Tuesday, March 25, 2014

Food Insecurity is a Human Being Issue

How a Battle Creek food market could be.
When it comes to food, sometimes I ask myself the question: “Who is hungry in Battle Creek?” While the question seems simple, the answer can be complicated. That’s because there are a lot of men, women and children who live here that are food insecure. That is, they don’t know where their next meal will come from.
Sure, there are shelters, churches, food pantries and other places where food items and/or meals are given away. But there are a lot of people who don’t have access to those places. They might be too old (or too young) to get there. Then there are the ones who don’t even know these places exist or where they are located.

Still others don’t have the means to get there. Sure, there’s public transit. But that assumes a person can afford bus fare. Some might say it’s only a couple bucks, tops, and most everybody can scrape together that much. There are also free shuttle services that’ll take you anywhere in town; all you do is call and schedule a pick up. And we all have a phone, right?

Wrong. So many times we make assumptions based on how we ourselves live. I remember a time in my distant past when I was first starting out. I was barely making a living in Los Angeles as a freelance writer and one day I was riding with a friend around lunchtime. The conversation went something like this:

Friend: “Let’s stop at Jack in the Box for some grub.”

Me: “Uh, let’s go somewhere else.”

Friend: “Com’ on, it’s right there; the food’s good and I’m starving.”

Me: “I can’t afford to go there.”

Friend: “Dude, you can get an entire meal there for five bucks. Who can’t afford that?”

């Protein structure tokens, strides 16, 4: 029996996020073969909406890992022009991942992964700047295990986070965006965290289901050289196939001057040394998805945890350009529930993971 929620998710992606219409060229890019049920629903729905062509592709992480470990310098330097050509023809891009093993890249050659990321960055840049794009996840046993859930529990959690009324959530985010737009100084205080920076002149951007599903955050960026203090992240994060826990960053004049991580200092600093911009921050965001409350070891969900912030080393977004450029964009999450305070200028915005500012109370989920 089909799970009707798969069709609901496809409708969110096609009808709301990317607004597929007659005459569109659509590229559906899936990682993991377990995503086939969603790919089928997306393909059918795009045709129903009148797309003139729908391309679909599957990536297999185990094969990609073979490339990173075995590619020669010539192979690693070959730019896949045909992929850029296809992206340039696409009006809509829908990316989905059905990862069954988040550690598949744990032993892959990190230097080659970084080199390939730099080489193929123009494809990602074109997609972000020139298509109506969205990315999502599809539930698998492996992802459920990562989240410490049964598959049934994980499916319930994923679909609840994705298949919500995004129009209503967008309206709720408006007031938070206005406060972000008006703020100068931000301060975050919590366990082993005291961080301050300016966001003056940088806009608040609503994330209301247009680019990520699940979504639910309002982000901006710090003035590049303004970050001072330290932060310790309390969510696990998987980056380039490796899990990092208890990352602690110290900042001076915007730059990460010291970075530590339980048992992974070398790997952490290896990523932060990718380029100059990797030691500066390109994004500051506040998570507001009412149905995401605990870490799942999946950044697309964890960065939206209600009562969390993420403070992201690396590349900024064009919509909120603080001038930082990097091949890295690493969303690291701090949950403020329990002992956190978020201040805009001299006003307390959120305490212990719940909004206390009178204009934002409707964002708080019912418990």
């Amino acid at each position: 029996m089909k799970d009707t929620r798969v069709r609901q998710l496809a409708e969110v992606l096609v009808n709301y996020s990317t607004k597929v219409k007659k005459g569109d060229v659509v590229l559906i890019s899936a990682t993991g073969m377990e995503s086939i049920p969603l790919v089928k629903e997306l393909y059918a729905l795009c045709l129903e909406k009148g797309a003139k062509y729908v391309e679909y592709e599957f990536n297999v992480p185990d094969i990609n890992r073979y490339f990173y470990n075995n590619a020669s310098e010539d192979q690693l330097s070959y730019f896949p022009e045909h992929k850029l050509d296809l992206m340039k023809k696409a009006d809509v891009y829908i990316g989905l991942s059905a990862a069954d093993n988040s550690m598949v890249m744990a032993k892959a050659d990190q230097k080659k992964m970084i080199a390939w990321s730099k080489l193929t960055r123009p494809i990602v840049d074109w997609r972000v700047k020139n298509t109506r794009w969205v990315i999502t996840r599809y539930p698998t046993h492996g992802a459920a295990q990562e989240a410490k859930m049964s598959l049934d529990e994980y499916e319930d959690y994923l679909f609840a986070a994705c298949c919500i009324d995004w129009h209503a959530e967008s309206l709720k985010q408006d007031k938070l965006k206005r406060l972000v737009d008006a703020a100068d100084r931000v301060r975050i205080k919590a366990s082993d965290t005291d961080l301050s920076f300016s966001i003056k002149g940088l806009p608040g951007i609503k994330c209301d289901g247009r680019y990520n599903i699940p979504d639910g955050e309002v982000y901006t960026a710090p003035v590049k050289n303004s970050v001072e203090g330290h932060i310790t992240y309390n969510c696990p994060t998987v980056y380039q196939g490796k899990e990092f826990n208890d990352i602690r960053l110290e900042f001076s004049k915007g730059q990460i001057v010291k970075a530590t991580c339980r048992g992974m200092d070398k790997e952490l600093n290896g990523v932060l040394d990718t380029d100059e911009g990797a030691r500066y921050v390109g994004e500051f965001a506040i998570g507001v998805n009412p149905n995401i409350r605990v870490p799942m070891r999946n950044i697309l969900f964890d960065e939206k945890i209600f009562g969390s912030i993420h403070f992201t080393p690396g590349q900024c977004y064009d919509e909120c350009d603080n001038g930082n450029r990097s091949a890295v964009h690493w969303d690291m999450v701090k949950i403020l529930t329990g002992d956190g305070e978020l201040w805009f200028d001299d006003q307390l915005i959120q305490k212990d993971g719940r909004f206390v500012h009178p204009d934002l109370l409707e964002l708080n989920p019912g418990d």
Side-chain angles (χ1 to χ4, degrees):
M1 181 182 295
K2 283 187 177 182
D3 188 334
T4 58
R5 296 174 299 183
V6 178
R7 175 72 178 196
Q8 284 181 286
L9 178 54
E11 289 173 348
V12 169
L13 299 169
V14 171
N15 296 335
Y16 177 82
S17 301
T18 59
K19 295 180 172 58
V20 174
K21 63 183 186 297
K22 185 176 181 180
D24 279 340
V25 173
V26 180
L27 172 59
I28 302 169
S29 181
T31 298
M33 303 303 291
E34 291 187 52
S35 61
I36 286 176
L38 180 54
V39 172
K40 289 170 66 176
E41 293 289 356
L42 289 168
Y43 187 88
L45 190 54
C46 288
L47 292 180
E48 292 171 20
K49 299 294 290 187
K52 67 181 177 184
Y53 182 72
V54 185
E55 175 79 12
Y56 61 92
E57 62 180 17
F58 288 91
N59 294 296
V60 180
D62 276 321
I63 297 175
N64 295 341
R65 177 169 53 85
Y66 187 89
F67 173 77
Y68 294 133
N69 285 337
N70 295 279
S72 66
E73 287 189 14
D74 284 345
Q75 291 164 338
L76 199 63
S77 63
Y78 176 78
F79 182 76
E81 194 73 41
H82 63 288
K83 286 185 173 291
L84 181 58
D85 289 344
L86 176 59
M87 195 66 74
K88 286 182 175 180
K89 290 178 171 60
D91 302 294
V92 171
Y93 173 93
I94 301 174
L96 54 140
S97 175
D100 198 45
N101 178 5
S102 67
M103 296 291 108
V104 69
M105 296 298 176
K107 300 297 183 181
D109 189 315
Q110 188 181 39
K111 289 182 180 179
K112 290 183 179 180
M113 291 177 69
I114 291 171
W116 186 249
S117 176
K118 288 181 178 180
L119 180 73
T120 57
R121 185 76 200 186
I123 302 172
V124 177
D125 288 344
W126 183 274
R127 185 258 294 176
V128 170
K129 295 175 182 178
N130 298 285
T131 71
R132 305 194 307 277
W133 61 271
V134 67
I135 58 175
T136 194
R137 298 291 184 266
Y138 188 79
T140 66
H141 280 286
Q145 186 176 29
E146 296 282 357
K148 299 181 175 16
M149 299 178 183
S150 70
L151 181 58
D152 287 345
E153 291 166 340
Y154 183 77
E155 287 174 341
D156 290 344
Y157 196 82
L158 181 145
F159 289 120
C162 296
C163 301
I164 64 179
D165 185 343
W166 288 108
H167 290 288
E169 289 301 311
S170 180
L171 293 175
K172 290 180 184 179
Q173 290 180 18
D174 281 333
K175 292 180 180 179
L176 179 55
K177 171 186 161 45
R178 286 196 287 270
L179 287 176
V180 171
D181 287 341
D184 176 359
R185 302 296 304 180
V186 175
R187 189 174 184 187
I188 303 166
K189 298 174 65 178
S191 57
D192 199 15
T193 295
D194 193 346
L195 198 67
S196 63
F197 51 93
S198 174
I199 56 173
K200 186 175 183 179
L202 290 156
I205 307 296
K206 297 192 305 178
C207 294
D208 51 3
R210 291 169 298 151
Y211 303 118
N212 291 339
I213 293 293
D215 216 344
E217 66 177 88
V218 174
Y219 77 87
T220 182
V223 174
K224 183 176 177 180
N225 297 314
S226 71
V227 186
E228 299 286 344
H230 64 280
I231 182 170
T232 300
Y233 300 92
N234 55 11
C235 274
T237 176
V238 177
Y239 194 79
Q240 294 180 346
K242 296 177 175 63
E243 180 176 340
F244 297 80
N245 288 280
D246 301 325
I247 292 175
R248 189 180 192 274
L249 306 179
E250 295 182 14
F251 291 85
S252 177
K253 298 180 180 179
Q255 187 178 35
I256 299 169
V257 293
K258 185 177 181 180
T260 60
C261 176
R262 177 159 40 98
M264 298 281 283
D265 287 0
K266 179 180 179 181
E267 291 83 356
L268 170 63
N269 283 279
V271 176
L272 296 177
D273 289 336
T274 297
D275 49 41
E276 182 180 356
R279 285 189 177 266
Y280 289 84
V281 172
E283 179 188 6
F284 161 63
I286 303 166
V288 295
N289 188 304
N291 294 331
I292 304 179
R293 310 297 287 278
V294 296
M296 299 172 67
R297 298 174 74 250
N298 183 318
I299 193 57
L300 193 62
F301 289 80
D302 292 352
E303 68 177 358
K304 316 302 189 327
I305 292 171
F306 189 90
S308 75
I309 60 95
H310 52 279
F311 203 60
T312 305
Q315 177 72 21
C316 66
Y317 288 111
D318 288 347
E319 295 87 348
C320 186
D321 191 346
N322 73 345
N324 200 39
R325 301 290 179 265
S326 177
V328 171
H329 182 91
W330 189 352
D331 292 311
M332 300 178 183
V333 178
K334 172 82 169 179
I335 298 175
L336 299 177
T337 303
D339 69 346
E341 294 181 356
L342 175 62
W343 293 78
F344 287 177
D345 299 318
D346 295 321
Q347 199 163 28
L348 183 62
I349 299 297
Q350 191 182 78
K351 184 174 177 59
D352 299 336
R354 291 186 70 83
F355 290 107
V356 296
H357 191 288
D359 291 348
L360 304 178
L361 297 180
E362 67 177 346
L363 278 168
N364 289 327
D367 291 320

In short, we stopped at Jack in the Box, my friend fronted me the amount I was short and we filled our bellies. End of story. Except it isn’t. Today for me, eating is like breathing; I don’t even think about it. I take food for granted. Rather, I take my ability to gain access to good food for granted. By the way, it was years before I got to a place where I didn’t have to think and plan and scrape to make sure I had enough to eat.

It can be easy to believe we know the reasons why people go hungry. No money is at the top of the list. That might translate into “no job,” which for some then translates into, “doesn’t want to work” – which in so many cases is absurd.

According to information from the Food Bank of South Central Michigan, one in eight Americans are hungry. Often, they are hard-working adults, children and seniors who just can’t make ends meet. The result? They go without food for several meals; sometimes for days.

I ask myself, “In a rich country like ours, with so much, why do we allow this?

Following a certain train of thought, I tell myself (or used to) that nobody really has to go hungry because there are safety nets in place that catch those with the most need.

Part of my work in the community is as Coordinator of Good Food BC. GFBC is a coalition of organizations and individuals dedicated to informing and educating folks on issues related to food – in particular, access to fresh, affordable and nutritious food.

Malik Yakini: the food movement's Yoda
This Saturday, people interested in issues related to food are gathering at a community conference. It’s being held at the Calhoun Area Career Center. The keynote speaker is renown food activist Malik Yakini, Director of the Detroit Black Community Food Security Network. He will help shed light on the important human being issue of food security.

Please join us and bring your assumptions. However, be aware that what you learn may compel you to rethink who’s hungry in Battle Creek.  

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